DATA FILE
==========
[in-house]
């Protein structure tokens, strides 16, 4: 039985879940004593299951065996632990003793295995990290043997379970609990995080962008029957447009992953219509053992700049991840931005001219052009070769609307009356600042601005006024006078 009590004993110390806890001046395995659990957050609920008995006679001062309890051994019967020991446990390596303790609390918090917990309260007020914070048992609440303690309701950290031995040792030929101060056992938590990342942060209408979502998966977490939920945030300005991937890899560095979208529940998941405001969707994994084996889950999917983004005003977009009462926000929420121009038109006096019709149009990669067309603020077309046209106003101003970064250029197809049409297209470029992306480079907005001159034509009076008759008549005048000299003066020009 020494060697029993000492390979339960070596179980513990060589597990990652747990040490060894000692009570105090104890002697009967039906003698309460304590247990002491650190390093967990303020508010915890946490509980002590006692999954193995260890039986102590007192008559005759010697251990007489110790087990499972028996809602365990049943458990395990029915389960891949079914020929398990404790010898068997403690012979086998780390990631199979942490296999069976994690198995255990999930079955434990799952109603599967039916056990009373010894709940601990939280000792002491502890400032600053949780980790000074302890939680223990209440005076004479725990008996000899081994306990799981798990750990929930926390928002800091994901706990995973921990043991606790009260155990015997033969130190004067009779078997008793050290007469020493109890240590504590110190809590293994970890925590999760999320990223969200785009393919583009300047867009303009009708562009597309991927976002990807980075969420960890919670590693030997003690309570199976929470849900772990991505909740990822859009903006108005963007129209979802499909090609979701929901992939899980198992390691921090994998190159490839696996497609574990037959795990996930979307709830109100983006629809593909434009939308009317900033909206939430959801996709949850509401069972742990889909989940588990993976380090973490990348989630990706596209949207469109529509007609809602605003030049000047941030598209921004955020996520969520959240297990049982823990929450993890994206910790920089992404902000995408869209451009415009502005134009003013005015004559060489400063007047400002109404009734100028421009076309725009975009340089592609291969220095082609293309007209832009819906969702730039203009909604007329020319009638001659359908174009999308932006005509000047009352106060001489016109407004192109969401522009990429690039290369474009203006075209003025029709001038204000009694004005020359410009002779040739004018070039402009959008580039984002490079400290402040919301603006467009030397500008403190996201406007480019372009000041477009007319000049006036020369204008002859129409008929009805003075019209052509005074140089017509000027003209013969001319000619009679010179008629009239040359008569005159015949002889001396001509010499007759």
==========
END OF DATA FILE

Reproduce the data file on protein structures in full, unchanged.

[in-house]
């Protein structure tokens, strides 16, 4: 039985879940004593299951065996632990003793295995990290043997379970609990995080962008029957447009992953219509053992700049991840931005001219052009070769609307009356600042601005006024006078 009590004993110390806890001046395995659990957050609920008995006679001062309890051994019967020991446990390596303790609390918090917990309260007020914070048992609440303690309701950290031995040792030929101060056992938590990342942060209408979502998966977490939920945030300005991937890899560095979208529940998941405001969707994994084996889950999917983004005003977009009462926000929420121009038109006096019709149009990669067309603020077309046209106003101003970064250029197809049409297209470029992306480079907005001159034509009076008759008549005048000299003066020009 020494060697029993000492390979339960070596179980513990060589597990990652747990040490060894000692009570105090104890002697009967039906003698309460304590247990002491650190390093967990303020508010915890946490509980002590006692999954193995260890039986102590007192008559005759010697251990007489110790087990499972028996809602365990049943458990395990029915389960891949079914020929398990404790010898068997403690012979086998780390990631199979942490296999069976994690198995255990999930079955434990799952109603599967039916056990009373010894709940601990939280000792002491502890400032600053949780980790000074302890939680223990209440005076004479725990008996000899081994306990799981798990750990929930926390928002800091994901706990995973921990043991606790009260155990015997033969130190004067009779078997008793050290007469020493109890240590504590110190809590293994970890925590999760999320990223969200785009393919583009300047867009303009009708562009597309991927976002990807980075969420960890919670590693030997003690309570199976929470849900772990991505909740990822859009903006108005963007129209979802499909090609979701929901992939899980198992390691921090994998190159490839696996497609574990037959795990996930979307709830109100983006629809593909434009939308009317900033909206939430959801996709949850509401069972742990889909989940588990993976380090973490990348989630990706596209949207469109529509007609809602605003030049000047941030598209921004955020996520969520959240297990049982823990929450993890994206910790920089992404902000995408869209451009415009502005134009003013005015004559060489400063007047400002109404009734100028421009076309725009975009340089592609291969220095082609293309007209832009819906969702730039203009909604007329020319009638001659359908174009999308932006005509000047009352106060001489016109407004192109969401522009990429690039290369474009203006075209003025029709001038204000009694004005020359410009002779040739004018070039402009959008580039984002490079400290402040919301603006467009030397500008403190996201406007480019372009000041477009007319000049006036020369204008002859129409008929009805003075019209052509005074140089017509000027003209013969001319000619009679010179008629009239040359008569005159015949002889001396001509010499007759």